Methicillin Resistant Infections (MRSA) in Pets

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We’ve probably all heard about MRSA (methicillin-resistant Staphylococcus aureus) infections in hospitalized human patients, but how common are methicillin-resistant infections in our patients and pets?  Are they more dangerous or contagious than other infections?  And, most importantly, can they be transferred from our animals to us (or vice-versa), and what are the implications of that?

The prevalence of methicillin- resistant infections in dogs and cats is increasing to the point that it is not uncommon to find them in our patients.  These infections most commonly come in the form of a post-surgical wound infection, skin infection (dermatitis or pyoderma), ear infection, or urinary tract infection.  Some common factors between pets that are diagnosed with these infections include recent hospitalization, surgery, prior antibiotic use or exposure to a person with MRSA.  Therapy dogs and cats tend to have an increased risk of infection.  The methicillin-resistant bugs in question include MRSA, an emerging problem in veterinary medicine.   Since 2006, however, MRSP, methicillin-resistant Staph pseudointermedius, is identified as  the more common infectious agent in dogs (and cats). 

While MRSA and MRSP can be found in both healthy and infected animals, their main similarity is this: they are both bacteria that are methicillin-resistant, or resistant to some commonly used antibiotics in the penicillin and cephalosporin families (called beta-lactams).  This doesn’t mean that they can’t be treated or are somehow more dangerous or contagious than other infections.  In fact, most of the time, they can be treated successfully by using topical and/or oral antibiotics that are stocked routinely at the veterinary clinic.  And, although MRSA infections can occur in our pets and therefore are a potential risk to people, MRSA infections are mainly acquired by people in the hospital.  The main methicillin-resistant bug in dogs (and cats, but less common) is MRSP, and, fortunately, infections in people are very rare.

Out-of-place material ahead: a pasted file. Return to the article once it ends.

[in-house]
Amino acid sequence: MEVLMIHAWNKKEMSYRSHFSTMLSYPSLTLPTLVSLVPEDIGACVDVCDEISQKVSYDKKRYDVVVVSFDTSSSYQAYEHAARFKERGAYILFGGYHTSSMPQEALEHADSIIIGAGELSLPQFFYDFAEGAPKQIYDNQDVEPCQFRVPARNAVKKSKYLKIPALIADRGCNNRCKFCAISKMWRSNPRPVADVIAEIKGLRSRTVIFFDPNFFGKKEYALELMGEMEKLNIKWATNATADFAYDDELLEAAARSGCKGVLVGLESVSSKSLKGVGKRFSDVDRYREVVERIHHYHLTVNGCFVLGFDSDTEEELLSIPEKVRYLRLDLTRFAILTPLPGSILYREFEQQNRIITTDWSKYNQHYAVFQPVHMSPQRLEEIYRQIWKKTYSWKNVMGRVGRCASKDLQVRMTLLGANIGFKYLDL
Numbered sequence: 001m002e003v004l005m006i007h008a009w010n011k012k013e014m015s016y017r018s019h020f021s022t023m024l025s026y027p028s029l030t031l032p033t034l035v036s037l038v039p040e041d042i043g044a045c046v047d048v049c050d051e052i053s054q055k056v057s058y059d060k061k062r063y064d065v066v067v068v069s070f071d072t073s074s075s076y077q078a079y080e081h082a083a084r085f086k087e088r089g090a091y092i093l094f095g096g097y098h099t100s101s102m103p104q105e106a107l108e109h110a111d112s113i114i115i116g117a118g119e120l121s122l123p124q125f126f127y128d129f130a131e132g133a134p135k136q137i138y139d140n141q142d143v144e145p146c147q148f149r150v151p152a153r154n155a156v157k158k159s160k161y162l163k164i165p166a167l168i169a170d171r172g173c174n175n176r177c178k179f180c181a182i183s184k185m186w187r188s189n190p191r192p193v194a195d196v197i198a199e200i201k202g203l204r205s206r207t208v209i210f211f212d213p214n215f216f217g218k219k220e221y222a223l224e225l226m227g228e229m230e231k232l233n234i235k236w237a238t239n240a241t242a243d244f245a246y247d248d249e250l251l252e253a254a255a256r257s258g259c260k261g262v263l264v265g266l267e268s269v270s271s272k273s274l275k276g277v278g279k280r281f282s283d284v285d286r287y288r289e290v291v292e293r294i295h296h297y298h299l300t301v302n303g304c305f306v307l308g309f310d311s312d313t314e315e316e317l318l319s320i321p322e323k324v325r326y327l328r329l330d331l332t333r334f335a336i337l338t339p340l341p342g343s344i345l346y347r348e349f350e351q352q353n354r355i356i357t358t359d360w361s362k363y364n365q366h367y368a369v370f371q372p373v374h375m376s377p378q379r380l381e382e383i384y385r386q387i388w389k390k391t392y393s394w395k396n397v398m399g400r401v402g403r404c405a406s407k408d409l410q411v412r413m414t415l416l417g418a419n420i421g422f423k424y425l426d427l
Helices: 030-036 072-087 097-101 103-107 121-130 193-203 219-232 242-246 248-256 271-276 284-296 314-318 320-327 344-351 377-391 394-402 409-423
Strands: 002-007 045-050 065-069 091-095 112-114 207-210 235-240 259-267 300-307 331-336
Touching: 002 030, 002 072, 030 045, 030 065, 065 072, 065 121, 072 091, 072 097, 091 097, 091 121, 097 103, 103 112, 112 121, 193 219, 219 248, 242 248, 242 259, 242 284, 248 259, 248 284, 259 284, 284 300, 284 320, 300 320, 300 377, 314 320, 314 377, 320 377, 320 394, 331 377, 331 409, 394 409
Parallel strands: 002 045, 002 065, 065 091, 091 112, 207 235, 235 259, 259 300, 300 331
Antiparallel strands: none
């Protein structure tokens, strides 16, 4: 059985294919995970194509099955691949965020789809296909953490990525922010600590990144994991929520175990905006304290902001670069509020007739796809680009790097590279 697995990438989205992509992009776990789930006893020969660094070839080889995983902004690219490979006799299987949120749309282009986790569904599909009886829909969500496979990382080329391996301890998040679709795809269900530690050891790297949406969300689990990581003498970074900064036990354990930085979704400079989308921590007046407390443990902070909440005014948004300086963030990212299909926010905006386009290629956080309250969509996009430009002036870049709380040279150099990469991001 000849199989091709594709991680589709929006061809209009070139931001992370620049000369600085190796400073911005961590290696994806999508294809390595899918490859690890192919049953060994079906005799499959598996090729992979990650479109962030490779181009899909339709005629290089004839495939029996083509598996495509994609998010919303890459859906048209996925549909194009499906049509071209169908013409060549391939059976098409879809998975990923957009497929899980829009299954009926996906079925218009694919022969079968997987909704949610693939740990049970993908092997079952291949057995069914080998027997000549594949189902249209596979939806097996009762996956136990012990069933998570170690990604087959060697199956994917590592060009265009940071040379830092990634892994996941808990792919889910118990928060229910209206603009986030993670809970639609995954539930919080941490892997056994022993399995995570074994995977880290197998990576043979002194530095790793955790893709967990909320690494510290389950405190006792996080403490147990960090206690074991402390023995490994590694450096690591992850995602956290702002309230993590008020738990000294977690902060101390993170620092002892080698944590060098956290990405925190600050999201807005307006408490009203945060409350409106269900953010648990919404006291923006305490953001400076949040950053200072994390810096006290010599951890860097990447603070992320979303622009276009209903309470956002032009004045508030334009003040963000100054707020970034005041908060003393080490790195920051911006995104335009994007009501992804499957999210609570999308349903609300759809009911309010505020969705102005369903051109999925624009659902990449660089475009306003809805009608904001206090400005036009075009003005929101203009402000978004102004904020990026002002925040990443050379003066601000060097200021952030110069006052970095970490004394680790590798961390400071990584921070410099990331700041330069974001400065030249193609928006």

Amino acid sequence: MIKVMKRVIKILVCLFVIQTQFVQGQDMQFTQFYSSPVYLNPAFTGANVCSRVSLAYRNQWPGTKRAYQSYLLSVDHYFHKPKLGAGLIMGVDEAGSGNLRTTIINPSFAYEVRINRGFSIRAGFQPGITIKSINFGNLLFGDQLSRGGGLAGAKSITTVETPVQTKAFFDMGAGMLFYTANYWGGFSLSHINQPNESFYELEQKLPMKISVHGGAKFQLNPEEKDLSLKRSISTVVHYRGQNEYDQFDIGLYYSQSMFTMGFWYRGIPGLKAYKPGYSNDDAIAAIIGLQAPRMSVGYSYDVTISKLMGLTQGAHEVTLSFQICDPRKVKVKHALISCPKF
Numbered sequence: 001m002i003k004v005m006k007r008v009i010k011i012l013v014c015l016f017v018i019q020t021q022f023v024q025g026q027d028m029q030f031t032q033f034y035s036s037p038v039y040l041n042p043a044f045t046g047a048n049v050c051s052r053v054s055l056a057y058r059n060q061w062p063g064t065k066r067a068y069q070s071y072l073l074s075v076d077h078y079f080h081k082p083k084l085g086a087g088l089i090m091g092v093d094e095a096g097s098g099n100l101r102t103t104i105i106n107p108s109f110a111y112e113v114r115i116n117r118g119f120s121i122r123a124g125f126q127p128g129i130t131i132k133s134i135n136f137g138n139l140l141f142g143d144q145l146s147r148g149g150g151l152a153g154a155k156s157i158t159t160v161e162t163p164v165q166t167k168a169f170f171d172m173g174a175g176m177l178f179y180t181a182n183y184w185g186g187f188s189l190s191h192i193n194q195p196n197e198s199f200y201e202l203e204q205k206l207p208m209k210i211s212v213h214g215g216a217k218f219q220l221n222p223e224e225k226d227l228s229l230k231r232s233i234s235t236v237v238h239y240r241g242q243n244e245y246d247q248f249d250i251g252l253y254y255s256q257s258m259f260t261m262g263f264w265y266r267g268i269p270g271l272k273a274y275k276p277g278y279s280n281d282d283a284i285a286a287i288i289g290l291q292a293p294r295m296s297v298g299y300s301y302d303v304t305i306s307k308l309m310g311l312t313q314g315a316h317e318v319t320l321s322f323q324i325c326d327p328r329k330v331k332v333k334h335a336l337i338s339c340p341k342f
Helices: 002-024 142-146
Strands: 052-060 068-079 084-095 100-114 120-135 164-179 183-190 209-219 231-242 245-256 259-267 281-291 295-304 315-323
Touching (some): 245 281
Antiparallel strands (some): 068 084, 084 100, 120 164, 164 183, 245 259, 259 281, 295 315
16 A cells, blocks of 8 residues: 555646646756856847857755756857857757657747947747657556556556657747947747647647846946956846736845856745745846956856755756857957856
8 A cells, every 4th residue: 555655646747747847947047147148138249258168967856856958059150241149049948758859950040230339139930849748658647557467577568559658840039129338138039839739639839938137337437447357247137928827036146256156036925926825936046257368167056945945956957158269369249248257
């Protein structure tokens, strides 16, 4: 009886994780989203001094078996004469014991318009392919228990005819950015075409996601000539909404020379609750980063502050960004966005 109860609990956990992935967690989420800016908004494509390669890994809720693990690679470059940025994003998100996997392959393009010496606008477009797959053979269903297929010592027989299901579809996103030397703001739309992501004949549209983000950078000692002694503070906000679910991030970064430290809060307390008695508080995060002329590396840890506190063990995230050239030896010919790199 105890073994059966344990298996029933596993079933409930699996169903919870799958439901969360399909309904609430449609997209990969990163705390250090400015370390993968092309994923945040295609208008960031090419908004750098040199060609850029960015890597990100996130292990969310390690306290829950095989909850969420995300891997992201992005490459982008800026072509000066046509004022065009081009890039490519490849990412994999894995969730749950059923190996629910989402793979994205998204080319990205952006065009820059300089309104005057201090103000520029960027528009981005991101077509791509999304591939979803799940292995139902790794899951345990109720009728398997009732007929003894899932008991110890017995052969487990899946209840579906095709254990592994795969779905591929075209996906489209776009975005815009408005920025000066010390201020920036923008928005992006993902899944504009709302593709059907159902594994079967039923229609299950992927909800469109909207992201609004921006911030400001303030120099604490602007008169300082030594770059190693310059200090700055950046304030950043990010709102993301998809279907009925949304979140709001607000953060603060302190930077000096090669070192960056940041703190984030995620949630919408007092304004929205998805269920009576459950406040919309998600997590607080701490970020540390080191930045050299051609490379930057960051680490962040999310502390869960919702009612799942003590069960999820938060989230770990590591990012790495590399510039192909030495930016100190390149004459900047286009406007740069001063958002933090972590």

S. psudointermedius is frequently found on the skin and nose of healthy dogs and can be found in the nasal passages of a small number of people (colonization versus infection); it is a common cause of infections, particularly of the skin.  It is not always methicillin-resistant.  It is presumed that when it’s found on people, the source is a pet.  MRSP is of low zoonotic risk, meaning while not impossible, it is very unlikely to cause infection in people.  Exceptions always exist, and appear to be limited to immunosuppressed individuals (HIV, cancer or transplant patients).  According to Dr. J. Scott Weese from the Worms and Germs blog (check it out!): “Yes, there is a reasonable chance that MRSP can be passed between people and pets, but that’s different than getting sick.” 

The prevalence of methicillin-resistant S.aureus in healthy pets is similar to people: about 4%.  Veterinarians or people working in vet clinics or with livestock are more likely to be colonized by the bacteria.  Again, it is possible, but not likely, for a person to contract a MRSA infection from one’s pet.   The majority of MRSA infections are treatable, provided prompt, proper treatment is instituted.  If a person is infected with MRSA, it is not necessary to screen all pets in the household unless directed by a physician as part of an intervention program.  Frequent hand-washing, avoidance of contact with the pet’s nose, and preventing the pet from licking affected or broken skin can prevent transmission from a person to the pet.

If your pet has been diagnosed, via a tissue or skin culture, with MRSP (or less likely, MRSA), there are several things to remember:

  • First, medicated shampoos (typically chlorhexidine based) will probably be prescribed to be used as often as every day.  Second, oral antibiotics may, but won’t always,  be prescribed.   It is imperative to follow directions closely and finish all medications prescribed in order to prevent further drug resistance.
  • Frequent hand-washing or use of a hand-sanitizer is still the best prevention to acquiring any type of infection. 
  • Wash your dog’s bedding, bowls, leashes, collars and toys minimally several times weekly in hot water.
  • Avoid contact with the infected site, or wear gloves when contacting it.  Don’t let your dog lick you in the face; in fact, avoid contacting his or her nose altogether if you can if your pet is infected.
  • These bacteria are susceptible to most household cleaning agents.  You don’t need to rip out carpets or throw away furniture.
  •  Don’t allow your pet to sleep in bed with you. 

Ask your veterinarian if you have specific questions regarding treatment or prevention of these bacterial infections.   We are always happy to help and to advise our clients!


Dowling, Patricia, DVM, MSc, DACVIM, DACVCP.  “MRSA and MRSP in Small Animals (SA240).” Western Veterinary Conference 2012.  www.vin.com/members/proceedings

Moriello, Karen A. DVM, DACVD.  “5 Things Veterinarians Should Know About Methicillin-Resistant Infections.” Clinician’s Brief, www.cliniciansbrief.com,  July 20, 2012.

Weese, J. Scott, DVM.  “My Dog Has MRSP. Should I Be Concerned?”  Reprinted from Worms and Germs Blog.  VP Client Information Sheets.  www.vin.com/Members/SearchDB/vp/vpa03298.htm,  Oct. 7, 2011.

Weese, J. Scott, DVM.  “ MRSA: Methicillin-resistant Staphylococcus aureus.”  VP Client Information Sheets.  www.vin.com/Members/SearchDB/vp/vpa03006.htm,  Nov. 4, 2009.

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